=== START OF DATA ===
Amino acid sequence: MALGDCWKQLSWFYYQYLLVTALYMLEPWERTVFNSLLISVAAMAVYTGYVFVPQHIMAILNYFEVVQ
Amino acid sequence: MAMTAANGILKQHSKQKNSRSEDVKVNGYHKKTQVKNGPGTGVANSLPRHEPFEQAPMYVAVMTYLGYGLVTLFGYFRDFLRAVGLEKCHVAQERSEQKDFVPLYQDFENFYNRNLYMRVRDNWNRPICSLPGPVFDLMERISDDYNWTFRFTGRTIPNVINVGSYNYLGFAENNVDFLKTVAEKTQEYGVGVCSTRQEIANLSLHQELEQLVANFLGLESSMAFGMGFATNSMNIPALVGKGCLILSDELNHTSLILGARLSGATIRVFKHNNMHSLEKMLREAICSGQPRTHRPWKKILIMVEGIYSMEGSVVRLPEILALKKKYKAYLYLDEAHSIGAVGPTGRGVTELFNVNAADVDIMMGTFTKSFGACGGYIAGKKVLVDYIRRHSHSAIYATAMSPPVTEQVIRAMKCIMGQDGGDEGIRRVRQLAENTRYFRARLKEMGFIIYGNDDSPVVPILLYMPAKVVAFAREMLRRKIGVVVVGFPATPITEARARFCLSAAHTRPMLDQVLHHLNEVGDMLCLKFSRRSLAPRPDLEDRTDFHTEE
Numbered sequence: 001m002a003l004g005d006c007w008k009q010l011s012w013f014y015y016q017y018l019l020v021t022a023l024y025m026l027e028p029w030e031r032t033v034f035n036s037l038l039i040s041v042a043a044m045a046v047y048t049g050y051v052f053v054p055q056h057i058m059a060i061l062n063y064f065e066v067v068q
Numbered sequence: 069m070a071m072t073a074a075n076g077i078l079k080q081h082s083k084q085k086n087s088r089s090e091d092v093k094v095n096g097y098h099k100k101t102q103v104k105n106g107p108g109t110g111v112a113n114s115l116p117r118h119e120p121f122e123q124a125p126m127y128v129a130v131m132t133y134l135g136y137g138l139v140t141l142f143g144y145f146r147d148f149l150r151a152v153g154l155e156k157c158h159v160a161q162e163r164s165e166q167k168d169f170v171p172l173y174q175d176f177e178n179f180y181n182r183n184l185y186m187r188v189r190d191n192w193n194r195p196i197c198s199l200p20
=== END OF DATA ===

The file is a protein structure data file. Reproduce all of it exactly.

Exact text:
Amino acid sequence: MALGDCWKQLSWFYYQYLLVTALYMLEPWERTVFNSLLISVAAMAVYTGYVFVPQHIMAILNYFEVVQ
Amino acid sequence: MAMTAANGILKQHSKQKNSRSEDVKVNGYHKKTQVKNGPGTGVANSLPRHEPFEQAPMYVAVMTYLGYGLVTLFGYFRDFLRAVGLEKCHVAQERSEQKDFVPLYQDFENFYNRNLYMRVRDNWNRPICSLPGPVFDLMERISDDYNWTFRFTGRTIPNVINVGSYNYLGFAENNVDFLKTVAEKTQEYGVGVCSTRQEIANLSLHQELEQLVANFLGLESSMAFGMGFATNSMNIPALVGKGCLILSDELNHTSLILGARLSGATIRVFKHNNMHSLEKMLREAICSGQPRTHRPWKKILIMVEGIYSMEGSVVRLPEILALKKKYKAYLYLDEAHSIGAVGPTGRGVTELFNVNAADVDIMMGTFTKSFGACGGYIAGKKVLVDYIRRHSHSAIYATAMSPPVTEQVIRAMKCIMGQDGGDEGIRRVRQLAENTRYFRARLKEMGFIIYGNDDSPVVPILLYMPAKVVAFAREMLRRKIGVVVVGFPATPITEARARFCLSAAHTRPMLDQVLHHLNEVGDMLCLKFSRRSLAPRPDLEDRTDFHTEE
Numbered sequence: 001m002a003l004g005d006c007w008k009q010l011s012w013f014y015y016q017y018l019l020v021t022a023l024y025m026l027e028p029w030e031r032t033v034f035n036s037l038l039i040s041v042a043a044m045a046v047y048t049g050y051v052f053v054p055q056h057i058m059a060i061l062n063y064f065e066v067v068q
Numbered sequence: 069m070a071m072t073a074a075n076g077i078l079k080q081h082s083k084q085k086n087s088r089s090e091d092v093k094v095n096g097y098h099k100k101t102q103v104k105n106g107p108g109t110g111v112a113n114s115l116p117r118h119e120p121f122e123q124a125p126m127y128v129a130v131m132t133y134l135g136y137g138l139v140t141l142f143g144y145f146r147d148f149l150r151a152v153g154l155e156k157c158h159v160a161q162e163r164s165e166q167k168d169f170v171p172l173y174q175d176f177e178n179f180y181n182r183n184l185y186m187r188v189r190d191n192w193n194r195p196i197c198s199l200p20